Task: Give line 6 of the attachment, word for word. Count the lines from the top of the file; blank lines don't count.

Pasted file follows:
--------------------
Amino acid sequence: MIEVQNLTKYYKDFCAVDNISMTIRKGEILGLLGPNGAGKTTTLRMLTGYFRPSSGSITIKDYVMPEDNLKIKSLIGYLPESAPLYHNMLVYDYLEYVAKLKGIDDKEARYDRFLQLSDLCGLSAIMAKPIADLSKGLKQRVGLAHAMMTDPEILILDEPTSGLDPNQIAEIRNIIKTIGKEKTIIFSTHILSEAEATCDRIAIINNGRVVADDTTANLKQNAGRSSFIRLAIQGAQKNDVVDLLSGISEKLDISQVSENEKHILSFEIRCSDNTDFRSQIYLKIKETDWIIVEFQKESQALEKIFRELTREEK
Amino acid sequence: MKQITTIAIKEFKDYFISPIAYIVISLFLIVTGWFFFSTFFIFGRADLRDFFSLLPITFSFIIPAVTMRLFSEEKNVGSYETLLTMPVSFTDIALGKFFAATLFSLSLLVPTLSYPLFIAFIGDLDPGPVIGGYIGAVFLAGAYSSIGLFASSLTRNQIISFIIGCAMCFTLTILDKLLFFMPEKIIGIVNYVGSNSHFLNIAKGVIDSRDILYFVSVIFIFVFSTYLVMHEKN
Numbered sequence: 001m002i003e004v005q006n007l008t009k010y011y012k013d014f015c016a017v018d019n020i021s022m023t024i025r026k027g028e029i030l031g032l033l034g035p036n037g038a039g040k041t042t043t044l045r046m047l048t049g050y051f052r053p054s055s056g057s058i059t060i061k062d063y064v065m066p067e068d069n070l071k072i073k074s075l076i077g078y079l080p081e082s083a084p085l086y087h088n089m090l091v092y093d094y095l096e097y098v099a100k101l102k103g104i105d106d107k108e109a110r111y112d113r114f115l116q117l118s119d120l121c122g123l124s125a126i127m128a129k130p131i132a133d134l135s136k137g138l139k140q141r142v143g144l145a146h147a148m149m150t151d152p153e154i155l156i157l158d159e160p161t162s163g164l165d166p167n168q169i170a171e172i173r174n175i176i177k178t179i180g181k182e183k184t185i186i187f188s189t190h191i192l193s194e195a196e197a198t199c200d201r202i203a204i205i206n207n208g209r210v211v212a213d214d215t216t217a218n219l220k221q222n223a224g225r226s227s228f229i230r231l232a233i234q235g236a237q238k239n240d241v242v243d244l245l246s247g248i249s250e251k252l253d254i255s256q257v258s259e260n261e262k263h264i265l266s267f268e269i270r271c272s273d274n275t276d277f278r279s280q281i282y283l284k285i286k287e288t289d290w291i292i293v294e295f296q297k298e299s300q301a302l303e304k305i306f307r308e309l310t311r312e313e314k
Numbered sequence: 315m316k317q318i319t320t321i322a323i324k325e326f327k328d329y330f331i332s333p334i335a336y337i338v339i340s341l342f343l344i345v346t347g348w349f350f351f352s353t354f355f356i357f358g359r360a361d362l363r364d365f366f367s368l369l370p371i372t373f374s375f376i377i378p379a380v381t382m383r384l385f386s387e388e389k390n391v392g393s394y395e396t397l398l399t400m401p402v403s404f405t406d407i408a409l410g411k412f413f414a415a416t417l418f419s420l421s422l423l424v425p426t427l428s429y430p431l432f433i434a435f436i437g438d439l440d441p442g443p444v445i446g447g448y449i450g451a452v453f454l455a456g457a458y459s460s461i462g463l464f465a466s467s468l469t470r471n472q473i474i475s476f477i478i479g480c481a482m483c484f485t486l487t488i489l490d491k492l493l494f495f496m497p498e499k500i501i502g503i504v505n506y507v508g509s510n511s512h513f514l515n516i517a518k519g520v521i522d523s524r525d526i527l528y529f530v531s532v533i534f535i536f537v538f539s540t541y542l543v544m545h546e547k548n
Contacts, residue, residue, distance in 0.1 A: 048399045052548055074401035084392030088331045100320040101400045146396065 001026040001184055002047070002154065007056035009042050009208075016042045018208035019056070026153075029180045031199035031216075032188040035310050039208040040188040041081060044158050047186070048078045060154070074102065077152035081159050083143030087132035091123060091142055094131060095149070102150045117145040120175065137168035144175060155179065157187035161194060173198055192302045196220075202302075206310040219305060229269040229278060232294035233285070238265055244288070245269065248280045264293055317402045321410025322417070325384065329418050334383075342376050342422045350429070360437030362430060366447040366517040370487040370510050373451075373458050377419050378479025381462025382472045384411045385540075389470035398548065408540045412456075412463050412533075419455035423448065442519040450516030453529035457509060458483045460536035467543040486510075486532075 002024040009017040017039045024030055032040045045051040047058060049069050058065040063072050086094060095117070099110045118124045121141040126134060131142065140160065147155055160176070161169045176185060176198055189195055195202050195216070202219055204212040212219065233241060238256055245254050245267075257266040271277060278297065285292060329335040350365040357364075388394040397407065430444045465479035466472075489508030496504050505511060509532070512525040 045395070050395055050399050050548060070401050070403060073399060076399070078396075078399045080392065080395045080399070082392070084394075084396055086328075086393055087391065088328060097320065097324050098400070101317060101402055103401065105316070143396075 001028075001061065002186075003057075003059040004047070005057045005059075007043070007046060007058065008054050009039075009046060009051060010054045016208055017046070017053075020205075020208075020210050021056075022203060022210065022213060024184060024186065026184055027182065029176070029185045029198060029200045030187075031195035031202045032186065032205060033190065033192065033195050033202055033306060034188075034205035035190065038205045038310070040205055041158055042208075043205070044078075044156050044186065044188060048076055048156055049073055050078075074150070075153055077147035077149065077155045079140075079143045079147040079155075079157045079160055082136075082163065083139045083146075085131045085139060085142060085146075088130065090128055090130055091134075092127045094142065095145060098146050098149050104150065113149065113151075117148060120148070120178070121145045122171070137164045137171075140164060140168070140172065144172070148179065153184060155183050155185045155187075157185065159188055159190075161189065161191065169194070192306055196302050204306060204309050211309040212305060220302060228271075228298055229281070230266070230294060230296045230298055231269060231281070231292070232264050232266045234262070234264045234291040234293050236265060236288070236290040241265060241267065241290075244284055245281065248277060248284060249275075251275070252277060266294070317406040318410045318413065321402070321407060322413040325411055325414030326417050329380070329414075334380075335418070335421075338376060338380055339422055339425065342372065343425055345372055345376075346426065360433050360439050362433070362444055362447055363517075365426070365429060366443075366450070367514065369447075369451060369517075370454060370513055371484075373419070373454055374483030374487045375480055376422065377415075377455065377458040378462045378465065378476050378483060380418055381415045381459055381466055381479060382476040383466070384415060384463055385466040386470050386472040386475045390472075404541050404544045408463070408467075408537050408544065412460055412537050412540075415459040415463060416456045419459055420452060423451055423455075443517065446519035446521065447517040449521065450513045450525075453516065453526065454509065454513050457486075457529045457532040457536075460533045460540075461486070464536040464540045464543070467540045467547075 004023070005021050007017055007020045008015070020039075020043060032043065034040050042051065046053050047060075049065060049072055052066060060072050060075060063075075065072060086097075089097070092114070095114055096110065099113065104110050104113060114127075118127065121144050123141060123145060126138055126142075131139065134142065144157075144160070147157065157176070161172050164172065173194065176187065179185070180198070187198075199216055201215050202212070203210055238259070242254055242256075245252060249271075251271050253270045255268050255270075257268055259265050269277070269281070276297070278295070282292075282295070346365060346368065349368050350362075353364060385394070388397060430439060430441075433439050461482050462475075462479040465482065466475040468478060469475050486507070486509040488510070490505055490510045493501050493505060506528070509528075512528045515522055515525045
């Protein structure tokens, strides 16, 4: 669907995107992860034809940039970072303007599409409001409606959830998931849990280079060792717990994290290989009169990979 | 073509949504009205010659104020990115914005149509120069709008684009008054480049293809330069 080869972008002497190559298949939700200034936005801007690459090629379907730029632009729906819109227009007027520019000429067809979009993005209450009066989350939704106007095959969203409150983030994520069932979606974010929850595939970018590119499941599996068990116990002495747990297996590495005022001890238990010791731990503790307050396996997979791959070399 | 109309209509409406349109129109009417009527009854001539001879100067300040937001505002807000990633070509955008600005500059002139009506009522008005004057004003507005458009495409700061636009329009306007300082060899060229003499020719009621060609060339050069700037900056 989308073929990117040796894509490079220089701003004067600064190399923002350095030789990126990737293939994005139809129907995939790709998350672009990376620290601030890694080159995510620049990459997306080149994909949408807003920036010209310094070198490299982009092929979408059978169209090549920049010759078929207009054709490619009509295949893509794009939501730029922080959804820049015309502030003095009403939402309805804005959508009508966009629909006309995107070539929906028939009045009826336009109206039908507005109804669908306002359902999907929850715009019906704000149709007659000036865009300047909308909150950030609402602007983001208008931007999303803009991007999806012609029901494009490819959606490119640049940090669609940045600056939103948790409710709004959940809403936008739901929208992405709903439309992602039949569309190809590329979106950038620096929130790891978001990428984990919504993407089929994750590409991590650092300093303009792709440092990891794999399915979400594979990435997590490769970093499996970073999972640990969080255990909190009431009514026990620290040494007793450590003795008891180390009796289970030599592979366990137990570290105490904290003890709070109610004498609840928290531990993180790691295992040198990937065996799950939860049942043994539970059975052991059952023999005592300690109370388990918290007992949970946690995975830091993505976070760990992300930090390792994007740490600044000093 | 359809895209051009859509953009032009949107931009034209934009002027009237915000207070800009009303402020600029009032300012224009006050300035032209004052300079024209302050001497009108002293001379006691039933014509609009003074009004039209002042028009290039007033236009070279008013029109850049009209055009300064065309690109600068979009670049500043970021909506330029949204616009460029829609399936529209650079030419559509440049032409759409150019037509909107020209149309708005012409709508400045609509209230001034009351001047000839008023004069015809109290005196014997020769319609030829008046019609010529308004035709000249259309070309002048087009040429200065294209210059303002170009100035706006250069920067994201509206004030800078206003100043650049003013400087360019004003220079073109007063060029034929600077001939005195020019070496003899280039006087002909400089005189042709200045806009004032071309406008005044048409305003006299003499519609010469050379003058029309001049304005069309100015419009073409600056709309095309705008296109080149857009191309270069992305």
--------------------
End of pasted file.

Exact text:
């Protein structure tokens, strides 16, 4: 669907995107992860034809940039970072303007599409409001409606959830998931849990280079060792717990994290290989009169990979 | 073509949504009205010659104020990115914005149509120069709008684009008054480049293809330069 080869972008002497190559298949939700200034936005801007690459090629379907730029632009729906819109227009007027520019000429067809979009993005209450009066989350939704106007095959969203409150983030994520069932979606974010929850595939970018590119499941599996068990116990002495747990297996590495005022001890238990010791731990503790307050396996997979791959070399 | 109309209509409406349109129109009417009527009854001539001879100067300040937001505002807000990633070509955008600005500059002139009506009522008005004057004003507005458009495409700061636009329009306007300082060899060229003499020719009621060609060339050069700037900056 989308073929990117040796894509490079220089701003004067600064190399923002350095030789990126990737293939994005139809129907995939790709998350672009990376620290601030890694080159995510620049990459997306080149994909949408807003920036010209310094070198490299982009092929979408059978169209090549920049010759078929207009054709490619009509295949893509794009939501730029922080959804820049015309502030003095009403939402309805804005959508009508966009629909006309995107070539929906028939009045009826336009109206039908507005109804669908306002359902999907929850715009019906704000149709007659000036865009300047909308909150950030609402602007983001208008931007999303803009991007999806012609029901494009490819959606490119640049940090669609940045600056939103948790409710709004959940809403936008739901929208992405709903439309992602039949569309190809590329979106950038620096929130790891978001990428984990919504993407089929994750590409991590650092300093303009792709440092990891794999399915979400594979990435997590490769970093499996970073999972640990969080255990909190009431009514026990620290040494007793450590003795008891180390009796289970030599592979366990137990570290105490904290003890709070109610004498609840928290531990993180790691295992040198990937065996799950939860049942043994539970059975052991059952023999005592300690109370388990918290007992949970946690995975830091993505976070760990992300930090390792994007740490600044000093 | 359809895209051009859509953009032009949107931009034209934009002027009237915000207070800009009303402020600029009032300012224009006050300035032209004052300079024209302050001497009108002293001379006691039933014509609009003074009004039209002042028009290039007033236009070279008013029109850049009209055009300064065309690109600068979009670049500043970021909506330029949204616009460029829609399936529209650079030419559509440049032409759409150019037509909107020209149309708005012409709508400045609509209230001034009351001047000839008023004069015809109290005196014997020769319609030829008046019609010529308004035709000249259309070309002048087009040429200065294209210059303002170009100035706006250069920067994201509206004030800078206003100043650049003013400087360019004003220079073109007063060029034929600077001939005195020019070496003899280039006087002909400089005189042709200045806009004032071309406008005044048409305003006299003499519609010469050379003058029309001049304005069309100015419009073409600056709309095309705008296109080149857009191309270069992305």